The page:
Patients with Down Syndrome have steeper and thinner corneas and more corneal aberrations than those without genetic alterations and normal corneas suggest a study recently published in the journal JAMA Opthalmology.
According to the literature review, corneal morphologic characteristics compatible with keratoconus are present in a high percentage of patients with Down syndrome (DS), which can cause serious visual impairment in this group of patients, suggesting the need to perform a detailed examination of the anterior segment.
Keratoconus (KC) is a disorder of the eye which results in progressive thinning of the cornea. This may result in blurry vision, double vision, nearsightedness, astigmatism, and light sensitivity.
Jorge L. Alio and his associates conducted a multicenter case-control study to characterize the abnormal features of the cornea in patients with Down Syndrome and compare these with a control group.
The study included 321 eyes of 217 participants from 2 groups: 112 participants in the DS group and 105 healthy participants in the control group.
Patients were evaluated using a Placido disc/Scheimpflug camera topographer (Sirius, CSO). Visual, refractive and anterior, and posterior corneal characteristics were assessed and compared in both groups.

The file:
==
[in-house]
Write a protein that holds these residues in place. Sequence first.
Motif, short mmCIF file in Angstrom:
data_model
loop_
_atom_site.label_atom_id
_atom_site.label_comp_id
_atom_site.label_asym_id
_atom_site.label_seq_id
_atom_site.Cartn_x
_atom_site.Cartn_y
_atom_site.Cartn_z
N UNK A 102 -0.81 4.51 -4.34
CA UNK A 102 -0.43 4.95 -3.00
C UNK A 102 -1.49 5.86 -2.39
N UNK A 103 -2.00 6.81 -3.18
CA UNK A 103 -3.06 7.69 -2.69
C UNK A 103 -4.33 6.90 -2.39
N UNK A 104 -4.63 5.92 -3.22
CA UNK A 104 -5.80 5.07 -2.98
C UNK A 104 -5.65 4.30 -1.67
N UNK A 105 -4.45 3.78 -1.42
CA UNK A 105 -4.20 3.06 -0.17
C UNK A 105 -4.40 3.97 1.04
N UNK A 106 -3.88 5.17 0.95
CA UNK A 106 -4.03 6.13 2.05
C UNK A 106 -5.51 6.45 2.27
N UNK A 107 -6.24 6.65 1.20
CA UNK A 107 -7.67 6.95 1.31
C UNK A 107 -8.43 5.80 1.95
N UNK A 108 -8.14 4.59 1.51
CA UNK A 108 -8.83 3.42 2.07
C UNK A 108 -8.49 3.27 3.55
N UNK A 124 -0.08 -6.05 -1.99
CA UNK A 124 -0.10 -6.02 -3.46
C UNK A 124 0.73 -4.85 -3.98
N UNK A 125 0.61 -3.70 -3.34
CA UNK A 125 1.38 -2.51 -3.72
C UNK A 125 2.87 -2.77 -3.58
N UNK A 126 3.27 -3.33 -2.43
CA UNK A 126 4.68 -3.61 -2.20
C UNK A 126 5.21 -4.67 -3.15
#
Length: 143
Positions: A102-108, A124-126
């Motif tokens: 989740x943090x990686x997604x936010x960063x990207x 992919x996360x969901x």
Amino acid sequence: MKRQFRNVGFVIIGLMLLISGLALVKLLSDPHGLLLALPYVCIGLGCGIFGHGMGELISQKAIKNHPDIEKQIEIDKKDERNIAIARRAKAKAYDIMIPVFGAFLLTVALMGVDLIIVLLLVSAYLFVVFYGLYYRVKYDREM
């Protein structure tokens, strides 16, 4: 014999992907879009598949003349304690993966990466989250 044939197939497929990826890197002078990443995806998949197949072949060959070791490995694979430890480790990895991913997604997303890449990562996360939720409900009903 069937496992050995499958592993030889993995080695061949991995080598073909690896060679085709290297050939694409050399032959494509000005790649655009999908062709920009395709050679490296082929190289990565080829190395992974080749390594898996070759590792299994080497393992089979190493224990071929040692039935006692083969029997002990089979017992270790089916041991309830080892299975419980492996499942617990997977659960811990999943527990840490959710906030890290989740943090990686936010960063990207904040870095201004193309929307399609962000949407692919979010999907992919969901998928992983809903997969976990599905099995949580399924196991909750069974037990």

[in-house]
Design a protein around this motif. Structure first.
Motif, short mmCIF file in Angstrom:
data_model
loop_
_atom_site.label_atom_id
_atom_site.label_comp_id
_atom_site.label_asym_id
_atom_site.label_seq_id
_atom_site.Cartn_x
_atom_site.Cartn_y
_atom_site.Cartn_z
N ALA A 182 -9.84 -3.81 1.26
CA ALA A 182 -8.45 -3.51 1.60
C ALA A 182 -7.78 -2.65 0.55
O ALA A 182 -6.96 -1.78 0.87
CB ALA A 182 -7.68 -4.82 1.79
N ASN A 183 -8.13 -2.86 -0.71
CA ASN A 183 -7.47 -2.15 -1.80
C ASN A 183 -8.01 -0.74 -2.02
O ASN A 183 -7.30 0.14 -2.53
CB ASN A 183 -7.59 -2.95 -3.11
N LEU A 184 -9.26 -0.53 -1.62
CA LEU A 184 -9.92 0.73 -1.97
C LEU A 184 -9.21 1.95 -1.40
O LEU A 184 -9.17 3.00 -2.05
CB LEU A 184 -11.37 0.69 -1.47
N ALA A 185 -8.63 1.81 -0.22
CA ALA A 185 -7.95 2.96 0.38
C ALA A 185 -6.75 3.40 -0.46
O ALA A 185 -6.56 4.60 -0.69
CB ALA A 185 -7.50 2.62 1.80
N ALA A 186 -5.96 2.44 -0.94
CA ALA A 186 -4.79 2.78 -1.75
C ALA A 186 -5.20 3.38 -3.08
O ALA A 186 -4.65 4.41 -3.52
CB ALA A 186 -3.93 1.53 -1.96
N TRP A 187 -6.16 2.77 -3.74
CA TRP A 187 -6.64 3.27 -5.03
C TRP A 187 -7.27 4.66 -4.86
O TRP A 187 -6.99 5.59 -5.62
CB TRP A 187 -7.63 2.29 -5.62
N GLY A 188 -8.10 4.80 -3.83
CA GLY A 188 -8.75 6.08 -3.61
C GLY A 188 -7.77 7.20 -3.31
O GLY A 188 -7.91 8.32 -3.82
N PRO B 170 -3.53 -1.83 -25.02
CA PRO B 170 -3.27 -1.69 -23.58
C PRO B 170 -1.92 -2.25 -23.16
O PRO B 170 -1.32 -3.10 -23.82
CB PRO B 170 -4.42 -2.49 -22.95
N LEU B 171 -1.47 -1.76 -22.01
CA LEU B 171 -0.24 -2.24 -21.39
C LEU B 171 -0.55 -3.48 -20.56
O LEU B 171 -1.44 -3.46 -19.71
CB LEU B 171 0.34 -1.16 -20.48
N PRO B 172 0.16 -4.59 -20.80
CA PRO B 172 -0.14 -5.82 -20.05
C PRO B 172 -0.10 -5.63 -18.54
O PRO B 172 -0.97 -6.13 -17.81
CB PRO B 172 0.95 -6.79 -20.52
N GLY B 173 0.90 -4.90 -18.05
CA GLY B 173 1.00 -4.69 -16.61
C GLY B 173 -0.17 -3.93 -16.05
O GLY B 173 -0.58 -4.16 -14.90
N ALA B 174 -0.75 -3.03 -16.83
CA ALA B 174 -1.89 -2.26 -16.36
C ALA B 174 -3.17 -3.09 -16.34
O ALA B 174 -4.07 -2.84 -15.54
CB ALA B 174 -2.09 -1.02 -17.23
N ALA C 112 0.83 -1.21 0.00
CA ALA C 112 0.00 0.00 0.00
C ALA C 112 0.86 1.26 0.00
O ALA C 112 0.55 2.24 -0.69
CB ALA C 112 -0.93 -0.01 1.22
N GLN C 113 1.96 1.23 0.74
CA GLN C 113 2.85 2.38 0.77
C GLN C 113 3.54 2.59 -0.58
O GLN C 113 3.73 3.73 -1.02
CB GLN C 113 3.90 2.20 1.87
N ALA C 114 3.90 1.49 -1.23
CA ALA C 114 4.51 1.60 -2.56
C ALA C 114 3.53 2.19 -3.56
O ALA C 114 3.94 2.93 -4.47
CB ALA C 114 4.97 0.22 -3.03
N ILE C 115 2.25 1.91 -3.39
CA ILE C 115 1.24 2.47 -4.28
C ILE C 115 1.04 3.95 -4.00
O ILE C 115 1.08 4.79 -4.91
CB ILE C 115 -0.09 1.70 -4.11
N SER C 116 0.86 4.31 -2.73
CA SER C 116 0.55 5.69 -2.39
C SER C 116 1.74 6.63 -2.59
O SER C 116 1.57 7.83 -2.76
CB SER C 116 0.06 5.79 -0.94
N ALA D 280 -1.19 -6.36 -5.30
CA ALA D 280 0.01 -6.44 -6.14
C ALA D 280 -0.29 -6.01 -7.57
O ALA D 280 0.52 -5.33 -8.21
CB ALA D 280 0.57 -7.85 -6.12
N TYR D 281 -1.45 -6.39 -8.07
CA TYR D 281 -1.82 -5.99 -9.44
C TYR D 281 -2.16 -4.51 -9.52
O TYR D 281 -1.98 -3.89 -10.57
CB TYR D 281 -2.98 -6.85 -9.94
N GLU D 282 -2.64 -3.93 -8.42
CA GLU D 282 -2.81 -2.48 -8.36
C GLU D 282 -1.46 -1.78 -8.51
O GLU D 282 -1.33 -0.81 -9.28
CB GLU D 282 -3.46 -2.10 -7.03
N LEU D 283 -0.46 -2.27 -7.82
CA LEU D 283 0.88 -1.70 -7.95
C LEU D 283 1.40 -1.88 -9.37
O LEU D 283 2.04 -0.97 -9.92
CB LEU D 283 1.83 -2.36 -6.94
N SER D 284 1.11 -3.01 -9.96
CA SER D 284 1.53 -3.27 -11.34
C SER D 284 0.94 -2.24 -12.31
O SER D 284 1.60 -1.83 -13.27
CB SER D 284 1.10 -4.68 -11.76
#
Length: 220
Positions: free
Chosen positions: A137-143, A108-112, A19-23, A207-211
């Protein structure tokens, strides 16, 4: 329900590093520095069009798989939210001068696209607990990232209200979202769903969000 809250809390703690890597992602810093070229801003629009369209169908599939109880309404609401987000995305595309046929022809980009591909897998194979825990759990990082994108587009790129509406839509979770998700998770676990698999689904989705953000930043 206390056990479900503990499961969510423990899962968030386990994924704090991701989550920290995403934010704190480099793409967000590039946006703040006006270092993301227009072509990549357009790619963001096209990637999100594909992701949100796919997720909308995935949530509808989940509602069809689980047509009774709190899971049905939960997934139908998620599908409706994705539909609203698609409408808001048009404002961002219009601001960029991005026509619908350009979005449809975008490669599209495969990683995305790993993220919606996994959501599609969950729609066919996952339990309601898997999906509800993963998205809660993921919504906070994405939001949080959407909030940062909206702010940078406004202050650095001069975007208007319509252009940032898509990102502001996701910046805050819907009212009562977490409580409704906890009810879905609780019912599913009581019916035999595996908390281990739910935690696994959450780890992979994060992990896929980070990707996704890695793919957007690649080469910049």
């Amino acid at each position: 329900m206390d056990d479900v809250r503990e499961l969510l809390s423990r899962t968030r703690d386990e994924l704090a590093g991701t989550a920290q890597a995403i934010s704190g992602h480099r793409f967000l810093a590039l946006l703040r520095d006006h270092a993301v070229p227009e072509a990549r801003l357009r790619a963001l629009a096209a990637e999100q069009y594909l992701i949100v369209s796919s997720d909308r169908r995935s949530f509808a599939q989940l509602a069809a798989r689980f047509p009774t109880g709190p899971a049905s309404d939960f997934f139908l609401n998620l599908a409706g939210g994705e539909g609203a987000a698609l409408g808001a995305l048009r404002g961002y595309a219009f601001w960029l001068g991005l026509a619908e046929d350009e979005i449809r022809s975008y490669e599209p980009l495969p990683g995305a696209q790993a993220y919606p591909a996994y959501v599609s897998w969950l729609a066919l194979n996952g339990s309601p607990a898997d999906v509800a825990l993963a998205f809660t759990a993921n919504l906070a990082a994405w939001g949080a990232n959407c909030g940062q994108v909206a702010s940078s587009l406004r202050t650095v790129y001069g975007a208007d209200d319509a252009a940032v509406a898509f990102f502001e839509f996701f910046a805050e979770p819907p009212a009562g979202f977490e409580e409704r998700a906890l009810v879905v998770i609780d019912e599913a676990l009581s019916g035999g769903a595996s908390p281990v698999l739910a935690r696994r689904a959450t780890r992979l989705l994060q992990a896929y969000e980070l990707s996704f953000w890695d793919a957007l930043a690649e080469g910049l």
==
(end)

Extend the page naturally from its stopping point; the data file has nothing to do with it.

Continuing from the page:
The main outcome measured was the incidence of corneal morphologic irregularities similar to keratoconus in patients with DS.
The study found that clinical assessment of corneal topography showed 71.3% of patients in the Down Syndrome group showed characteristics compatible with keratoconus. Differences were found in steepest keratometry of 47.35 diopters (D) in patients with Down Syndrome vs 43.70 D in control individuals and in corneal pachymetry of 503 μm in patients with DS vs 545 μm in control individuals.
The authors concluded that the findings suggest a detailed corneal study to be considered in patients with Down Syndrome to detect keratoconus so as to have an appropriate treatment to avoid serious visual impairment.
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